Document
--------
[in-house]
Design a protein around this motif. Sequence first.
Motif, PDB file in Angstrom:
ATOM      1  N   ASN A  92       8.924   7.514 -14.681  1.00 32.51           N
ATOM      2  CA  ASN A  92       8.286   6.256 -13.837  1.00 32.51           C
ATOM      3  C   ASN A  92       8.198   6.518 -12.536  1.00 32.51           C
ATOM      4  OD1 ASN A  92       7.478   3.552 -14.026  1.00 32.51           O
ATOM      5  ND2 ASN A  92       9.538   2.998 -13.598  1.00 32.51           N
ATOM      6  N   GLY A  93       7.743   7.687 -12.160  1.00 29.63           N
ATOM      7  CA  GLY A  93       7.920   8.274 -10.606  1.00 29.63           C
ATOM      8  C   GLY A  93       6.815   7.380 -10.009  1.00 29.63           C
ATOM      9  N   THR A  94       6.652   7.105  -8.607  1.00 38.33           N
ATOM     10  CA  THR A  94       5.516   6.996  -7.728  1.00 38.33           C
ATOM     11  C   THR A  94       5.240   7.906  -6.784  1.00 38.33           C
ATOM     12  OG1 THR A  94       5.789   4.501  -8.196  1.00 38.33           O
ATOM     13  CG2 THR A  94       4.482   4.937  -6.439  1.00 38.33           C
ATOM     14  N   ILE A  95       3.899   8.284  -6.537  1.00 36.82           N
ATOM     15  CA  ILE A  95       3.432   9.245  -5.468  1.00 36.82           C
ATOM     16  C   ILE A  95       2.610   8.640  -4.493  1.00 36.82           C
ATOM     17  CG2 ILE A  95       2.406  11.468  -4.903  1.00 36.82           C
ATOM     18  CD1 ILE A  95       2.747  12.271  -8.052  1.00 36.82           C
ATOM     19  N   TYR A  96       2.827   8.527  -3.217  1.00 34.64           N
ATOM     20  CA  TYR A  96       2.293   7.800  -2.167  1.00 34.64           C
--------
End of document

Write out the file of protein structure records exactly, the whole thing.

[in-house]
Design a protein around this motif. Sequence first.
Motif, PDB file in Angstrom:
ATOM      1  N   ASN A  92       8.924   7.514 -14.681  1.00 32.51           N
ATOM      2  CA  ASN A  92       8.286   6.256 -13.837  1.00 32.51           C
ATOM      3  C   ASN A  92       8.198   6.518 -12.536  1.00 32.51           C
ATOM      4  OD1 ASN A  92       7.478   3.552 -14.026  1.00 32.51           O
ATOM      5  ND2 ASN A  92       9.538   2.998 -13.598  1.00 32.51           N
ATOM      6  N   GLY A  93       7.743   7.687 -12.160  1.00 29.63           N
ATOM      7  CA  GLY A  93       7.920   8.274 -10.606  1.00 29.63           C
ATOM      8  C   GLY A  93       6.815   7.380 -10.009  1.00 29.63           C
ATOM      9  N   THR A  94       6.652   7.105  -8.607  1.00 38.33           N
ATOM     10  CA  THR A  94       5.516   6.996  -7.728  1.00 38.33           C
ATOM     11  C   THR A  94       5.240   7.906  -6.784  1.00 38.33           C
ATOM     12  OG1 THR A  94       5.789   4.501  -8.196  1.00 38.33           O
ATOM     13  CG2 THR A  94       4.482   4.937  -6.439  1.00 38.33           C
ATOM     14  N   ILE A  95       3.899   8.284  -6.537  1.00 36.82           N
ATOM     15  CA  ILE A  95       3.432   9.245  -5.468  1.00 36.82           C
ATOM     16  C   ILE A  95       2.610   8.640  -4.493  1.00 36.82           C
ATOM     17  CG2 ILE A  95       2.406  11.468  -4.903  1.00 36.82           C
ATOM     18  CD1 ILE A  95       2.747  12.271  -8.052  1.00 36.82           C
ATOM     19  N   TYR A  96       2.827   8.527  -3.217  1.00 34.64           N
ATOM     20  CA  TYR A  96       2.293   7.800  -2.167  1.00 34.64           C